I feel a personal sense of loss. I was his ‘shagird’. He was a star. I don’t have words to describe his loss. He was a great asset to the world of ghazal. Though he was not singing for quite sometime, but he will still be missed.
► Abida Parveen, Sufi singer
I remember him saying I can see ‘sur’. We should celebrate him across India and Pakistan because he was an asset to both the countries. He was legendary. Such people come only once in a while.
► Adnan Sami, Singer
He has been an inspiration to anyone who has anything to do with music. He created an institution called Mehdi Hassan... I am still absorbing the news. It’s difficult to digest that he has passed away.
► Chitra Singh, wife of late Jagjit Singh
It is a great loss. Everyone learnt from his music, technique and style of singing. I had the opportunity to meet him and he was always encouraging. He had been unwell since quite sometime.
► Pyarelal, Veteran musician
He was not only a great singer but also a very good human being. I remember in the ‘80s we did a concert at my place and it was a big hit. He will always remain alive in our hearts.
► Vishwa Mohan Bhatt, Grammy Award winner
An era of ghazal singing has come to an end. His ghazals were not complicated and could be understood by a layman. His command over Urdu made his singing more endearing. He was the uncrowned king of ghazal.
Lata Mangeshkar Bids Adieu To Mehdi Hassan
Jo baat unki awaaz mein tthi woh kisiki awaaz mein nahin tthi. He was blessed by God. And it pained me to see him suffer so much in the last 10 years. Only God knows what he was suffering for. He had a very unique vocal identity. Many tried to sing ghazals like him. But Mehdi Saab was Mehdi Saab. I recorded a song with him under very peculiar circumstances. We were supposed to sing a duet Tera milna bahut achcha lagta hai with him.
Due to his ill health he couldn’t come to India and I couldn’t go to Pakistan. So we recorded the duet about milna bahut... (how much we like meeting) without meeting. Such is the irony of life. It was his composition and we should’ve sung it together. He later said that he had only one regret as a musician, that he couldn’t sing with me. I remember by the time we sent the tape of our duet to him he was unable to understand fully what was going on around him.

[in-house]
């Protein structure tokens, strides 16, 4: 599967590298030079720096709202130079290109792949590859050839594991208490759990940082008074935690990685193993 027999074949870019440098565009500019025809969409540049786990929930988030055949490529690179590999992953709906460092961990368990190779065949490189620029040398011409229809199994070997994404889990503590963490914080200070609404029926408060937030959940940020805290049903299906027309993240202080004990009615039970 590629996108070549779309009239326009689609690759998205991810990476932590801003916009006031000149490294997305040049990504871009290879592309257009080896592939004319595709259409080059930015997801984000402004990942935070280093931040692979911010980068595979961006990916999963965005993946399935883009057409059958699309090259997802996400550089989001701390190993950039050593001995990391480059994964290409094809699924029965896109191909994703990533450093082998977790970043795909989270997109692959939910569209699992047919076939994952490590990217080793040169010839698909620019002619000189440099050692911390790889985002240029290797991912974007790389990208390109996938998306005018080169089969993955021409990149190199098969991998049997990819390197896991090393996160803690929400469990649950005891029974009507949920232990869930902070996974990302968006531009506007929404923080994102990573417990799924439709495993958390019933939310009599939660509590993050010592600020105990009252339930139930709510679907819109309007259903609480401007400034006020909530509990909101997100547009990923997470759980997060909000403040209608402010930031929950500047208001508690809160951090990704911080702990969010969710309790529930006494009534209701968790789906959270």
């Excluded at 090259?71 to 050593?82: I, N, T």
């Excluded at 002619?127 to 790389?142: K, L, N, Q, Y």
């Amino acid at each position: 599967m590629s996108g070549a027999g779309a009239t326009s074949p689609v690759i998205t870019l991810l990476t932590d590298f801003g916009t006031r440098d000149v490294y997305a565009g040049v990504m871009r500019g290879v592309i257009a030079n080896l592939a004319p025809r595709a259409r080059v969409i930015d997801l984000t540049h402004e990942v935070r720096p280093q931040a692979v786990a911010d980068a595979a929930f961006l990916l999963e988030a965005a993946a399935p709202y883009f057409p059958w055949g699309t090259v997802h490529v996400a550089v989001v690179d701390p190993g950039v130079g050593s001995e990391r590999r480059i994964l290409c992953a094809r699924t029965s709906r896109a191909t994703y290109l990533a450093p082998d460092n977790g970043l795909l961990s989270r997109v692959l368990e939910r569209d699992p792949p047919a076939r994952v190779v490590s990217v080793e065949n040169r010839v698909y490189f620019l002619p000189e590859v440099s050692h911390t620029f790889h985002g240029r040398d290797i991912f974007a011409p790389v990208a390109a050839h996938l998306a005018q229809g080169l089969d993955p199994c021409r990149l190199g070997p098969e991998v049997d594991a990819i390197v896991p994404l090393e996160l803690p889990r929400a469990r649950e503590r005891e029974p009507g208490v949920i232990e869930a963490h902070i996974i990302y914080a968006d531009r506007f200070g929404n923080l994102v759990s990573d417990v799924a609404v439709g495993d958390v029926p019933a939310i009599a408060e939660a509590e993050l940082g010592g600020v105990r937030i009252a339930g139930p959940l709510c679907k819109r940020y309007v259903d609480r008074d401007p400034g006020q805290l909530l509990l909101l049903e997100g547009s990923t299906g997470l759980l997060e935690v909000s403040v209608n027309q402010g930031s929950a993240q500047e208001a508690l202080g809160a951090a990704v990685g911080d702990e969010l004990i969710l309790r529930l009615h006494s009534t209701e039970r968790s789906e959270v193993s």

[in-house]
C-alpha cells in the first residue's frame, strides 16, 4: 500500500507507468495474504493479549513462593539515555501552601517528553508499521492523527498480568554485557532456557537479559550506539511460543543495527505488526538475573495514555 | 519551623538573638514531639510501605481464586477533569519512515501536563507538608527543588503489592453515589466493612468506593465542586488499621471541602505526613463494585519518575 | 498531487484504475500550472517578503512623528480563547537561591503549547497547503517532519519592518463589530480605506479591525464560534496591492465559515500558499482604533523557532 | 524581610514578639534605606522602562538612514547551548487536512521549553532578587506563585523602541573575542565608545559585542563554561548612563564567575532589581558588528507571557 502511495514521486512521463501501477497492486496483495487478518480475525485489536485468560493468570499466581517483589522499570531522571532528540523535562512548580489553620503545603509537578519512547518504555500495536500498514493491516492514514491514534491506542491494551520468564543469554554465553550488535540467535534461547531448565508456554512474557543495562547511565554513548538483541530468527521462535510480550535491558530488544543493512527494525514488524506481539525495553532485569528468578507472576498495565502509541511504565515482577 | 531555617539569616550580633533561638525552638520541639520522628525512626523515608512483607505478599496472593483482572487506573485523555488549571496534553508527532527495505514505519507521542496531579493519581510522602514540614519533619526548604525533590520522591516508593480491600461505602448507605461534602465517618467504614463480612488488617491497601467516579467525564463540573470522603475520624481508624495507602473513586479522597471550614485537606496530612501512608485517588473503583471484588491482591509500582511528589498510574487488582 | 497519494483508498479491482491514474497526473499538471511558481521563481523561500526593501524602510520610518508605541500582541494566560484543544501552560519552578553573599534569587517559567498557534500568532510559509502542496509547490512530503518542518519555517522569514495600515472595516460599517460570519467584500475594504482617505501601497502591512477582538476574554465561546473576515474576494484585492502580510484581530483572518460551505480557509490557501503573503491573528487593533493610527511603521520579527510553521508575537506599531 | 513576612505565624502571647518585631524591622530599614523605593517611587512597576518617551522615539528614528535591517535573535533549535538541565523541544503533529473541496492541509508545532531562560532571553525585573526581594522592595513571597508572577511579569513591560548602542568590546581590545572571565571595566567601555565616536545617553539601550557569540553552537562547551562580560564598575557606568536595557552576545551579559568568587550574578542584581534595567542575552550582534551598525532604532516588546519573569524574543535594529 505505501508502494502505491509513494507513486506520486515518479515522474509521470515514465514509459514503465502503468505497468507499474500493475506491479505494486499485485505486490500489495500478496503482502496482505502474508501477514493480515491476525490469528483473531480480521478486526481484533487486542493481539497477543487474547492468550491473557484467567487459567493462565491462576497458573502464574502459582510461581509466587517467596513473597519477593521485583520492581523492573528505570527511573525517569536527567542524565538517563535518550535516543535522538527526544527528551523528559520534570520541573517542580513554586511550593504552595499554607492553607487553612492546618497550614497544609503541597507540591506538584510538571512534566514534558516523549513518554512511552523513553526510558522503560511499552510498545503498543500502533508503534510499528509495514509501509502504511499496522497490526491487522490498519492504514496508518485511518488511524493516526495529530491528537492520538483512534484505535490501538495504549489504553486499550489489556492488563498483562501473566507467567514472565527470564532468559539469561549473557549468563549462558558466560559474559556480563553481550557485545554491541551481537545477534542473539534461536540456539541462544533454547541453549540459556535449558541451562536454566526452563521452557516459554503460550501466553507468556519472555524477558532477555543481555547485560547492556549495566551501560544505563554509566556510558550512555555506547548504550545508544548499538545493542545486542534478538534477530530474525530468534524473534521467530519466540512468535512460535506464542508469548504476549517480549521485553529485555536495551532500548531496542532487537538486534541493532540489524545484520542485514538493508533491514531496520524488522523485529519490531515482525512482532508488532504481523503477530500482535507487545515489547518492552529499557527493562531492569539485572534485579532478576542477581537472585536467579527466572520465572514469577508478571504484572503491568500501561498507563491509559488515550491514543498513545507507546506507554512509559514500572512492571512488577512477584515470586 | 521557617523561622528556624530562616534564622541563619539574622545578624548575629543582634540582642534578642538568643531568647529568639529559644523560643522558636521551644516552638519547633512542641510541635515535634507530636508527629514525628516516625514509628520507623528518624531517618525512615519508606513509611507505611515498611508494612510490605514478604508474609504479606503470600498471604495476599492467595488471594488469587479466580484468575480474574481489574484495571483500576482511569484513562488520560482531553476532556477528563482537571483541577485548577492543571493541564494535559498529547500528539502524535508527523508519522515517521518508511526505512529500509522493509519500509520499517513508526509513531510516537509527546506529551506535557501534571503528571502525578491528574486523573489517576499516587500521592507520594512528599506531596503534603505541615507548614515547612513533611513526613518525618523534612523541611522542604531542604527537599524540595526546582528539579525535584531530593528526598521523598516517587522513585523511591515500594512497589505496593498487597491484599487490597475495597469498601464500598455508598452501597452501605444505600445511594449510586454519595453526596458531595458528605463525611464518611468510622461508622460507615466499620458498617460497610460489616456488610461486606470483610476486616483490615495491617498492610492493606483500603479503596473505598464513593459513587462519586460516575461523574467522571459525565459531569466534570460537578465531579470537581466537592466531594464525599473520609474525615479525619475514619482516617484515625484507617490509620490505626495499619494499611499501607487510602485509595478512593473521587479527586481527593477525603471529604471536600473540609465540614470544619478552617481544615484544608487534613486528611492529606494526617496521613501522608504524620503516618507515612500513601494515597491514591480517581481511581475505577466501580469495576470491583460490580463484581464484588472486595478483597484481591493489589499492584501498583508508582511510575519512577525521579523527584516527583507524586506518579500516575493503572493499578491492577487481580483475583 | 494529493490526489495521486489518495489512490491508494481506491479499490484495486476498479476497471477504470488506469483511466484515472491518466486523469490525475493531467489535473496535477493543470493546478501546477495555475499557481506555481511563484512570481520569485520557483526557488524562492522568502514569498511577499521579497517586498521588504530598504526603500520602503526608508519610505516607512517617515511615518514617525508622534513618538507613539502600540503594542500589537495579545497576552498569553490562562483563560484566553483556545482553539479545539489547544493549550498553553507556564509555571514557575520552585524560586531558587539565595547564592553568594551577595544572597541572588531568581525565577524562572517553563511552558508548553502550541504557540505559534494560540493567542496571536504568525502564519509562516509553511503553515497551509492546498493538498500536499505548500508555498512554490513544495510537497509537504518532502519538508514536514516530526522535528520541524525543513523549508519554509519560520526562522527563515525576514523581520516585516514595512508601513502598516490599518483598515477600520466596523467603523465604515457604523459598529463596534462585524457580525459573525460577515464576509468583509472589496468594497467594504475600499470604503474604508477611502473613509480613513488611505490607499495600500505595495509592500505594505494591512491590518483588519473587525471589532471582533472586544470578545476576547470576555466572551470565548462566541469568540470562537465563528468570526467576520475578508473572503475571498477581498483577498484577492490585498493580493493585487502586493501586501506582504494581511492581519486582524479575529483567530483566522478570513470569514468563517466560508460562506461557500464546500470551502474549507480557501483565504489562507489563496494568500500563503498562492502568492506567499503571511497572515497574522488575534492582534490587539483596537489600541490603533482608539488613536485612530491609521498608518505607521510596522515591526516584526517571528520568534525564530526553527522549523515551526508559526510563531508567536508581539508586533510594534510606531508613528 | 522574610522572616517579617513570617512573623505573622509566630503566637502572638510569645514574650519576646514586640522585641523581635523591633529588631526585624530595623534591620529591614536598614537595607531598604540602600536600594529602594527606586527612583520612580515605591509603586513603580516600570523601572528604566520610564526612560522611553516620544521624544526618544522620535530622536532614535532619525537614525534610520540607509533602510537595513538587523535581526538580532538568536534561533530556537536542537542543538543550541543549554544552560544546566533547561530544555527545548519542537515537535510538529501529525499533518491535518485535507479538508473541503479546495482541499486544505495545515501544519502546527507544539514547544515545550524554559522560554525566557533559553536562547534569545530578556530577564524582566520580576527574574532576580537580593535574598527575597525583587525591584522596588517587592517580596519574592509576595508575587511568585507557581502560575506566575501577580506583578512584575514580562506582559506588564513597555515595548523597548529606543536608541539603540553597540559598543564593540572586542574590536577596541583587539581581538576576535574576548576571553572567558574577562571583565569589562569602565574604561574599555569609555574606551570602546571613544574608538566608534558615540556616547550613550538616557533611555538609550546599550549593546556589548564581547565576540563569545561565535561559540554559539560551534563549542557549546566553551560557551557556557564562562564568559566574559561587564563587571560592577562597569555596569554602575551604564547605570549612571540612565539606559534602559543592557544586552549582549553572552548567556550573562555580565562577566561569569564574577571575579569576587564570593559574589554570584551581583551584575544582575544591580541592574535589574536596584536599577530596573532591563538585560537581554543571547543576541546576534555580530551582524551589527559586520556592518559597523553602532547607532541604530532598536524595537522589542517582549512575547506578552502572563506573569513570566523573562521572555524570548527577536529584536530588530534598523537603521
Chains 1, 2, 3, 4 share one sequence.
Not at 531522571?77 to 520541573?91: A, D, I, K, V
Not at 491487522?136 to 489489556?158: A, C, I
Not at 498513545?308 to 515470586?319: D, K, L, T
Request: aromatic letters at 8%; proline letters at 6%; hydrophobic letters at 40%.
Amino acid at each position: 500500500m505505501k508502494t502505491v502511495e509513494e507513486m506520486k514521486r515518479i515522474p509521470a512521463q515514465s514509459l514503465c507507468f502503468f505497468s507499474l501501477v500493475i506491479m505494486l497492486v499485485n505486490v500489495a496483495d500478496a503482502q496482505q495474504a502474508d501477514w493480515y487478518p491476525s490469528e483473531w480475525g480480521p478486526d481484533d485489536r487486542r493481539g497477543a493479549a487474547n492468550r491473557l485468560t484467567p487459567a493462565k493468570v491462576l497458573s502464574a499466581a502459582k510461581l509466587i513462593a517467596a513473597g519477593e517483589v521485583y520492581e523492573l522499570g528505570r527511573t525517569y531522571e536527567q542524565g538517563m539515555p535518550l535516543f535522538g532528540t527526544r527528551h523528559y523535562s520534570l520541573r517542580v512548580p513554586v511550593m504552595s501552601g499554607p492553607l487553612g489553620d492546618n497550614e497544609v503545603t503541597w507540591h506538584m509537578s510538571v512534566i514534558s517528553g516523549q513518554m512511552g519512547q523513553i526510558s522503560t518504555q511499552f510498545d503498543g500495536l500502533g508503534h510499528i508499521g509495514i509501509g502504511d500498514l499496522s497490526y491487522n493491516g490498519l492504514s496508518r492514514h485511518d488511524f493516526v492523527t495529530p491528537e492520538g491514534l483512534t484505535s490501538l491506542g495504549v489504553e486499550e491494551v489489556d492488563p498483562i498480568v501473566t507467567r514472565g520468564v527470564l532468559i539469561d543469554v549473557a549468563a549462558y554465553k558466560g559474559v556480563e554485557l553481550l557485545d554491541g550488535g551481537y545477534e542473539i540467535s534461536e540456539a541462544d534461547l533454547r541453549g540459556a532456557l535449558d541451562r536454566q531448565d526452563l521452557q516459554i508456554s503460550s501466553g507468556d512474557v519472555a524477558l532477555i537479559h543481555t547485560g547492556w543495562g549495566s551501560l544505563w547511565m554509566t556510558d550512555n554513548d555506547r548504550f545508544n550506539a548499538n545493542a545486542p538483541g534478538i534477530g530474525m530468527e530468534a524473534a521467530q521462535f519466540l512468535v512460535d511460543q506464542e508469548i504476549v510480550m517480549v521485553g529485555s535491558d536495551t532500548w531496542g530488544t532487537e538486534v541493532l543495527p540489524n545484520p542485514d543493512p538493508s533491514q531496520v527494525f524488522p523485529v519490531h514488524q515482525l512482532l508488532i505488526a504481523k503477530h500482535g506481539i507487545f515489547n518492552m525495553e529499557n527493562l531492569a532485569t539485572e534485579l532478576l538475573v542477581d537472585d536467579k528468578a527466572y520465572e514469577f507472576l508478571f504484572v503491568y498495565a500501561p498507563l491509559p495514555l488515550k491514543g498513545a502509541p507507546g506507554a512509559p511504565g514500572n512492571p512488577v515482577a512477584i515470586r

His final years were not happy. You see, when you are younger you often fail to plan for your later years. Mehdi Saab spent so much money on his family. He had 13 children and I’ve heard the entire family, including his married daughters with their husbands and children lived together in that house he had built. I met him for the first time in Canada some 40 years ago.
I had gone to Kingston and we drove all the way to Ottawa for his concert. To my utter surprise as soon I entered the auditorium he stopped his performance and got up with all his musicians to welcome me. He later came to meet me in Kingston. When he performed in Mumbai for the first time I was there at the concert. I spoke at the concert. The last time I met him was some years ago.
He had already suffered a paralytic stroke and he was on a wheelchair. When he was wheeled into my home my sister-in-law Bharti (Hridaynath Mangeshkar’s wife) broke down. We were all his fans. When he saw me he broke down and cried. I think he was saddened by the fact that he met me in such a condition.
He loved my Marathi song Mehndi cha panaware composed by my brother Hridaynath. He was ill for 9-10 years. He didn’t deserve to suffer so much.”